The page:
Guns and Weapons Defense
The Second Amendment to the U.S. Constitution guarantees to each citizen the right to bear arms. This constitutional amendment has been a cornerstone of American rights, but has also become a source of much controversy and fierce partisan debates in recent years. Though the Second Amendment guarantees the right to bear arms, each state reserves the right to regulate the use and ownership of such weapons. Massachusetts has several laws in place restricting the carrying and use of firearms in the state. Given the dangers an improperly possessed or used firearm can wrought, law enforcement officers and prosecutors take gun violations very seriously and will punish them to the full extent of the law.
Below is a list of the most common Massachusetts criminal weapon charges:Illegal Carrying of Weapons
Massachusetts General Laws Chapter 269 Section 10 makes it illegal to knowingly possess a loaded or unloaded firearm if:
- You are not present in your own residence or place of business
- You do not have the required firearm license
- You possess an illegal weapon, such as a sawed off shotgun or machine gun
The law also makes it illegal to carry dangerous weapons, such as daggers, ballistic knives, blowguns, stilettos, klackers, and kung fu sticks.
If you are found in possession of an unlicensed weapon, carry your weapon outside of your home or place of business without the license to do so, or possess a dangerous weapon, you will be sentenced to a mandatory minimum of 18 months imprisonment. If you are found in possession of a machine gun or sawed off shotgun, you could be sentenced to life imprisonment. These punishments are some of the harshest in the nation, and make it imperative for you to retain a knowledgeable firearm crimes defense attorney as your very liberty depends upon it.Possession of an Unlicensed Weapon at Home or Work
Massachusetts General Laws Chapter 269 Section 10(h)(1) makes it illegal to possess a firearm, rifle, or shotgun without a license or permit—even if you possess it merely in your home or place of business. You face a maximum sentence of 2 years imprisonment for violation of this provision.Carrying a Shotgun or Rifle on a Public Way
Massachusetts General Laws Chapter 269 Section 12 D makes it illegal to carry a shotgun or rifle on a public way. A public way is defined as a street, sidewalk, or other public ground. If the weapon is loaded, you face up to 2 years imprisonment in addition to hefty fines. If the weapon, however, is considered a “large capacity” one, you could face up to 10 years imprisonment and a minimum 1 year sentence.Possession of a Firearm in Commission of a Felony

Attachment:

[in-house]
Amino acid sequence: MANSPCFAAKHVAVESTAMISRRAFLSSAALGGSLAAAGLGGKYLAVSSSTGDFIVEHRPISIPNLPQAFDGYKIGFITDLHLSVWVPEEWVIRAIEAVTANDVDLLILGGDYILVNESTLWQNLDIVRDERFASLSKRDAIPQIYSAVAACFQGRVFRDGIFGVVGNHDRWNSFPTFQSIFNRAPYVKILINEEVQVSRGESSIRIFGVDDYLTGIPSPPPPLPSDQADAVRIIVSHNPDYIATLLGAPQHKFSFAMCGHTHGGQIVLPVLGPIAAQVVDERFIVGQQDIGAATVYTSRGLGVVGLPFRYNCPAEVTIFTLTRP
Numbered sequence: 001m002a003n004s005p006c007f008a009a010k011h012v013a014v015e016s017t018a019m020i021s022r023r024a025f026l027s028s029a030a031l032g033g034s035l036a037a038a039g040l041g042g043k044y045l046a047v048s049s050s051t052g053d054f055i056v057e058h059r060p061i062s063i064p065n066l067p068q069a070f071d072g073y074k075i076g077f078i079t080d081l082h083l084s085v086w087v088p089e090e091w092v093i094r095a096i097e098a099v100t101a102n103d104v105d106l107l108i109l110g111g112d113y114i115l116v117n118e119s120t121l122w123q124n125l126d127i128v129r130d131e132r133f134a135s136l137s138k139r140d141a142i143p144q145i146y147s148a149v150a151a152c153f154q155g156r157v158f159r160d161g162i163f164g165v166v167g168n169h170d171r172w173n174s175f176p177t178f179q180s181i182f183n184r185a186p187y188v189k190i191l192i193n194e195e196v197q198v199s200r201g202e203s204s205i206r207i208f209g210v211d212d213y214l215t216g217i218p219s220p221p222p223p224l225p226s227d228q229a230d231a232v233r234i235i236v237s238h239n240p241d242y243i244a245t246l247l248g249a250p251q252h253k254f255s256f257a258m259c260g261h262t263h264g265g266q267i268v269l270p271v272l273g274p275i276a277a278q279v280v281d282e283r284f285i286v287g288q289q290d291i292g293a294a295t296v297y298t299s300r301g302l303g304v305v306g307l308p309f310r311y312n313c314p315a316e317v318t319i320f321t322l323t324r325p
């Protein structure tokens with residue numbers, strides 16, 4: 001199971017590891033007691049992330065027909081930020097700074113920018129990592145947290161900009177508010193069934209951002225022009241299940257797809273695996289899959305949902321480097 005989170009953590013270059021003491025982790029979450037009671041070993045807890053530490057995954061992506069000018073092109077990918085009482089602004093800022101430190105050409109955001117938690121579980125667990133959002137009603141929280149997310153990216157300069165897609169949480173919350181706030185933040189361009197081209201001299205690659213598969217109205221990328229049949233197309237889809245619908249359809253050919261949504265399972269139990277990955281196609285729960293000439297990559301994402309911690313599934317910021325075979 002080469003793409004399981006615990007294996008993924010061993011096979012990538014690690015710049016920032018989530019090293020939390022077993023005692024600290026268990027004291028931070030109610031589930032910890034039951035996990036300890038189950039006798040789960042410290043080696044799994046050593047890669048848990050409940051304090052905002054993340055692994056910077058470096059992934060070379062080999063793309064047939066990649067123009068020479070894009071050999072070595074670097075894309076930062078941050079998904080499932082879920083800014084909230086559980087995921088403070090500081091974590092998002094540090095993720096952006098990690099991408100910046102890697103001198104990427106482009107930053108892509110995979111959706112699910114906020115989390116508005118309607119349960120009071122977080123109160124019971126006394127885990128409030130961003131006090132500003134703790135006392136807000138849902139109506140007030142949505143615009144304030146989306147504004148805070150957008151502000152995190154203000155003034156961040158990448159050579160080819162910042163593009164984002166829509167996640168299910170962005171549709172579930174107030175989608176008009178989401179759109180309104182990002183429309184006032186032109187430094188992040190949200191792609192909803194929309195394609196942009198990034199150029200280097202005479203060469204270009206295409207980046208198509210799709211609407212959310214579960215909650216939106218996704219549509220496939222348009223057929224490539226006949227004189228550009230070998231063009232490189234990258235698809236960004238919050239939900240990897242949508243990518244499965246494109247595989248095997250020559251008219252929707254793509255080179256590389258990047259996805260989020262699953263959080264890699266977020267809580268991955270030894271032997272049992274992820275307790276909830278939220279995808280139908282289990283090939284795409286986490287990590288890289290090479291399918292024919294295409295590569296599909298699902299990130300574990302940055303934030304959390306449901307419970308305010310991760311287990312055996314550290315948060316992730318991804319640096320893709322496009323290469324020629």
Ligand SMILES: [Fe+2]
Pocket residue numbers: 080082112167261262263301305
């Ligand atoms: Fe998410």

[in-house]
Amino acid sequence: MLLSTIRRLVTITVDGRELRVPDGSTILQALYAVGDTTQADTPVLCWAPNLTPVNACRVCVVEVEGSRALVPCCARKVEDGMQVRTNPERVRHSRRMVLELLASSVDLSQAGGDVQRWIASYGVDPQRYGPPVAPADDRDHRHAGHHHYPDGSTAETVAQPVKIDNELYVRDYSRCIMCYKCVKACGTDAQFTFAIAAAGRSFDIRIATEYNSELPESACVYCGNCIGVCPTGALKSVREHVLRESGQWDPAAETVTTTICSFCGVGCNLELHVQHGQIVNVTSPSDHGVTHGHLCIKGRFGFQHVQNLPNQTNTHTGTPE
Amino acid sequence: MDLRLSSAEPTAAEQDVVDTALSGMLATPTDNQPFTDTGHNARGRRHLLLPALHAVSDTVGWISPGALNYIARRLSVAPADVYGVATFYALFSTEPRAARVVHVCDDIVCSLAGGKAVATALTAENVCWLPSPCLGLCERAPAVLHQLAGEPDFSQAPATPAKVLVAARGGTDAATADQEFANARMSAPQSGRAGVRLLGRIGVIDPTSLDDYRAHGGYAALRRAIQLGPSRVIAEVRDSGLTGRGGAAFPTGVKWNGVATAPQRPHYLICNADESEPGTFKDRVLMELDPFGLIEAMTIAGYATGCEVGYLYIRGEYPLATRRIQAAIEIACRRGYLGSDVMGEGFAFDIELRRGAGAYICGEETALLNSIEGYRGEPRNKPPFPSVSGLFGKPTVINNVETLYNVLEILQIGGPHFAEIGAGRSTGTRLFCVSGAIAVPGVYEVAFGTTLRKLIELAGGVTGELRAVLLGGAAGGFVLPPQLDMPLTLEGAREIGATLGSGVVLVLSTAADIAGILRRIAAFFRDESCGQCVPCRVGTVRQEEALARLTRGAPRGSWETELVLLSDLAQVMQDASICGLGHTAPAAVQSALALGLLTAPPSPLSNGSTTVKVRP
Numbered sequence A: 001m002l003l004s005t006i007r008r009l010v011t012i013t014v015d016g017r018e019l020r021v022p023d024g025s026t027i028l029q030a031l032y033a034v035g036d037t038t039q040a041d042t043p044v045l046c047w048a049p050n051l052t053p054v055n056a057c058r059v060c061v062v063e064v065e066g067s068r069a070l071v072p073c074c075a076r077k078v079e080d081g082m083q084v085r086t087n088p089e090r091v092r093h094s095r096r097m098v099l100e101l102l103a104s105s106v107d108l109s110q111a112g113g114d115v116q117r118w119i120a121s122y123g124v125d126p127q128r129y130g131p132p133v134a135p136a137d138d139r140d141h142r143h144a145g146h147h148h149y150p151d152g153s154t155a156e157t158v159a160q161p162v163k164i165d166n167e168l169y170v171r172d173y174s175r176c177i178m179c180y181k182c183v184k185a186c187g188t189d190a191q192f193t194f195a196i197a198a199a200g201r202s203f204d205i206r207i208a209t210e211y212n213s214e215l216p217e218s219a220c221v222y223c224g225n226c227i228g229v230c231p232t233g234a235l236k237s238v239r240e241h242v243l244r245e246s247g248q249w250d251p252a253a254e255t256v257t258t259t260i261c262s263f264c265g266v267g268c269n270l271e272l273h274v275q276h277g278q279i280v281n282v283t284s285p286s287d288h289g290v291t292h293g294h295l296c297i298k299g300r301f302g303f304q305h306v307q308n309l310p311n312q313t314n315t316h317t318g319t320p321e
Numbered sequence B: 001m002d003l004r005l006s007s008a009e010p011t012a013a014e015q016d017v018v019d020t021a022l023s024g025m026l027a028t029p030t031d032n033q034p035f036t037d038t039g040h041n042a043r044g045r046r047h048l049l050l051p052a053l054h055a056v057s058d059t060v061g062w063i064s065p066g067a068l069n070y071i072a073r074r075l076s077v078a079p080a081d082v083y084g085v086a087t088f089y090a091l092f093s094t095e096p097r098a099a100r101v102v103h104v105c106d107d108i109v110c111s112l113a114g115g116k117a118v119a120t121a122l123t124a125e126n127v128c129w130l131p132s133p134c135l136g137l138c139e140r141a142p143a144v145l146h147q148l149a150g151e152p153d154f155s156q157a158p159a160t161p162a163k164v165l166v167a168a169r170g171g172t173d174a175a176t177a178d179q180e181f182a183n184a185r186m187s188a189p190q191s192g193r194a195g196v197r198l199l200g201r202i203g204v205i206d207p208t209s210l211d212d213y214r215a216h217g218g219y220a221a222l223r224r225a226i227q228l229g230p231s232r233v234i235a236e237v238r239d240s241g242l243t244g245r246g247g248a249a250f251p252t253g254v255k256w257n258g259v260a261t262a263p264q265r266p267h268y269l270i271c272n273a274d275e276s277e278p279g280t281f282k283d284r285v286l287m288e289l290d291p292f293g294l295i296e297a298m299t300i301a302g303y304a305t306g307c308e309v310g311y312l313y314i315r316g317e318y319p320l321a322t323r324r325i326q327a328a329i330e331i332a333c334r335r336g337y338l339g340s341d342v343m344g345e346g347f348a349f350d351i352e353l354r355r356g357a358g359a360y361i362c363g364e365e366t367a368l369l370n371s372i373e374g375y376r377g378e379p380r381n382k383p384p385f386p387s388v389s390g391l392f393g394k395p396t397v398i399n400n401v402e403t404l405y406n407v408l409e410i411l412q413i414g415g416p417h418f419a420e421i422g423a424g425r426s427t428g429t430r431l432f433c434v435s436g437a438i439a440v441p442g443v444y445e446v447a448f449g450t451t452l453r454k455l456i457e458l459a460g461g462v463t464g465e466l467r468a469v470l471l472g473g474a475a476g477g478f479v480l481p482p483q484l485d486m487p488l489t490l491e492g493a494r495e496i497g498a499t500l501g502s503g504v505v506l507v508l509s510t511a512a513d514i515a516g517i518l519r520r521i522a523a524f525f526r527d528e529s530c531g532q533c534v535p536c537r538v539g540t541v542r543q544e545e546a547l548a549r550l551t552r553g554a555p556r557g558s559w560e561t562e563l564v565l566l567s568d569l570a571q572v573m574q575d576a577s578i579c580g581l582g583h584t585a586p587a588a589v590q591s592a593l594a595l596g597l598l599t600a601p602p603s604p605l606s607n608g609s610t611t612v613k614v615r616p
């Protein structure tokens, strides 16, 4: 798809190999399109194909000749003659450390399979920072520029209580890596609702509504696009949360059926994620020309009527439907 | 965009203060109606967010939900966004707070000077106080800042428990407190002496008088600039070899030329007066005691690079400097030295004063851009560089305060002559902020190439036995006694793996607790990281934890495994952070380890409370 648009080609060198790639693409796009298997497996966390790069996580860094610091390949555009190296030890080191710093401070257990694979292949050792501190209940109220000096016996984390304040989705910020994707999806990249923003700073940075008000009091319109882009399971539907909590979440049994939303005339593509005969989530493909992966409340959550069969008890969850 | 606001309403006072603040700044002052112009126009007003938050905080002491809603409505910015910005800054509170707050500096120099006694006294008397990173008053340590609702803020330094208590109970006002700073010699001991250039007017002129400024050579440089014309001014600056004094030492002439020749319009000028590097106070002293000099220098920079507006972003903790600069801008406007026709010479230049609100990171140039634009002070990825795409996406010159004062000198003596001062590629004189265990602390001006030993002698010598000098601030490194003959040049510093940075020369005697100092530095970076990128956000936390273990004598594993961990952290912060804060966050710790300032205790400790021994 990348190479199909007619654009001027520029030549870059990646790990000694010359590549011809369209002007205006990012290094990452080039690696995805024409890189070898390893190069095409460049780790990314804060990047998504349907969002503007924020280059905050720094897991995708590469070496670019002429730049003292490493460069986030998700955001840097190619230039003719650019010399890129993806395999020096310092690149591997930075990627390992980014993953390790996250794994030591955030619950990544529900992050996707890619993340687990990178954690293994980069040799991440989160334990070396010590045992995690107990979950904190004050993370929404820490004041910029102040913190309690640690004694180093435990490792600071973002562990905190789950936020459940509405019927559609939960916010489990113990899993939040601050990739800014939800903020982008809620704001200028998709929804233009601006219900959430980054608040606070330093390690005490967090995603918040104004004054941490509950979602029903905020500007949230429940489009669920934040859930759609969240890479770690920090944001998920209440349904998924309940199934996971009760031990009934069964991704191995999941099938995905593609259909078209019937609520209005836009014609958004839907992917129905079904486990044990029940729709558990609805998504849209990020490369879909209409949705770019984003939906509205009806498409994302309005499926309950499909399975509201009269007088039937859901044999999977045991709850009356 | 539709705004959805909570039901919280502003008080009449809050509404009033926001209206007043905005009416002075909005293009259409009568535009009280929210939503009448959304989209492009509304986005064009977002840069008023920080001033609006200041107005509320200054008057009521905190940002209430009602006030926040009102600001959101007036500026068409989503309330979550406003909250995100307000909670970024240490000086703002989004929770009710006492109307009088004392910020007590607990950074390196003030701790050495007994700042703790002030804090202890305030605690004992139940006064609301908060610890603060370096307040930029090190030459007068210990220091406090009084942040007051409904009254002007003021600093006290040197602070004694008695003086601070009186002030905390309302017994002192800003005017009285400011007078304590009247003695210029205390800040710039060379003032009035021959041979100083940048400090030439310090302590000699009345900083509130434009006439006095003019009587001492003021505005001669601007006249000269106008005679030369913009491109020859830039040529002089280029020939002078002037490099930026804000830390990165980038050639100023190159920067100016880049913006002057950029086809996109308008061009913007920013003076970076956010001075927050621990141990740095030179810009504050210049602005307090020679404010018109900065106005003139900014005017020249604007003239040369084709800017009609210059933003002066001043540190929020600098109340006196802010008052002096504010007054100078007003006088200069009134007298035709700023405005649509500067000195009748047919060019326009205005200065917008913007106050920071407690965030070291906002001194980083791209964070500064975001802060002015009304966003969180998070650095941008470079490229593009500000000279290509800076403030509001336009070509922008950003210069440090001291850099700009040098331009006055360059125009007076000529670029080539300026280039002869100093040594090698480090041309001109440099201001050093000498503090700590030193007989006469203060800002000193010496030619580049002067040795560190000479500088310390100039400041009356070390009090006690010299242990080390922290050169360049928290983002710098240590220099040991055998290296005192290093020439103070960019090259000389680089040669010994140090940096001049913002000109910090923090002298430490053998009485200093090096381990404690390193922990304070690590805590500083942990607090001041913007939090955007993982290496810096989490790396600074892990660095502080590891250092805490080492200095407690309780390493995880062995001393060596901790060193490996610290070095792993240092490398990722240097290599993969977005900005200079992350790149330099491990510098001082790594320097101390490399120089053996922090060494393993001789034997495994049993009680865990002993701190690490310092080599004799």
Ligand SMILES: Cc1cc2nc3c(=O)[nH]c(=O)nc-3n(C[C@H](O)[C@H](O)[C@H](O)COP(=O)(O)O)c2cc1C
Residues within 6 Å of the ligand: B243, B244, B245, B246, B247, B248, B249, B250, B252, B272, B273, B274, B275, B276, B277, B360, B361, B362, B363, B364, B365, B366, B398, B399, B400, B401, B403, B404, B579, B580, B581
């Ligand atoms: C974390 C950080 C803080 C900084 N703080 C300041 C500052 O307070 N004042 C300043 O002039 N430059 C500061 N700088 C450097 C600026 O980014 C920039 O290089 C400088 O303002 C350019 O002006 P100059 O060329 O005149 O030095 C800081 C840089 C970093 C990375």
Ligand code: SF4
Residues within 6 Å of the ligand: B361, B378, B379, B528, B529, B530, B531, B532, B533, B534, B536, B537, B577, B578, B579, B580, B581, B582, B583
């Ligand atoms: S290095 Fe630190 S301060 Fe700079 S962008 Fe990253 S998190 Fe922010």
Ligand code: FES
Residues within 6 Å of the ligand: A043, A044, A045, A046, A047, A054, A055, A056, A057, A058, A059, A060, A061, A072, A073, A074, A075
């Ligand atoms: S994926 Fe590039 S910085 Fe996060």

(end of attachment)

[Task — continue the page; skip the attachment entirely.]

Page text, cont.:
If you have been charged with a felony and possessed a firearm during its commission, you can be charged with an additional criminal charge. Massachusetts General Laws Chapter 265 Section 18B sets forth the crime of possessing a firearm while committing a felony. A conviction for possession of a firearm while committing a felony will result in a mandatory minimum sentence of 5 years imprisonment. If the weapon was a “large capacity” one, the minimum sentence you can receive is 10 years imprisonment. These sentences are in addition to whatever sentence you receive on the underlying felony.Carrying a Loaded Firearm While Under the Influence of Drugs or Alcohol
Massachusetts General Laws Chapter 269 Section 10H makes it illegal to carry on your person or possess in your vehicle a loaded firearm while under the influence of drugs or alcohol. It is not a defense that you have a permit to carry the weapon. You could face 2 ½ years imprisonment along with a $5,000 fine for violating this provision.Illegal Discharging of Weapons
Under Massachusetts General Laws Chapter 269 Section 12F, it is illegal to discharge a firearm within 500 ft. of a dwelling without the owner’s permission. You could face 3 months imprisonment for a conviction of illegal discharge of weapons and fines.Firearms Crimes and Mandatory Minimum Sentencing
As you can see from the offenses detailed above, Massachusetts firearms crimes often have mandatory minimum sentences. Mandatory minimum sentences are just that—the absolute minimum sentence that a judge can lawfully mandate a defendant serves. Mandatory minimum sentences are widely criticized because they can result in great injustice. A first time offender who made one mistake and carried an unlicensed firearm, for example, will be sentenced to a minimum of 18 months imprisonment, whether the judge feels that sentence is justified or not. Critics of mandatory sentences have long called for reform and, given even the federal government’s recent change in policy concerning mandatory minimum sentences for drug offenders, it seems possible change might be coming to Massachusetts gun laws. For now, however, defendants are struck facing harsh mandatory minimum sentences. This makes it absolutely critical to retain the assistance of an experienced gun crimes defense attorney as soon as possible.
A skilled weapons defense attorney will analyze all the facts of your case and immediately began mounting a defense. Some defenses to weapons charges include: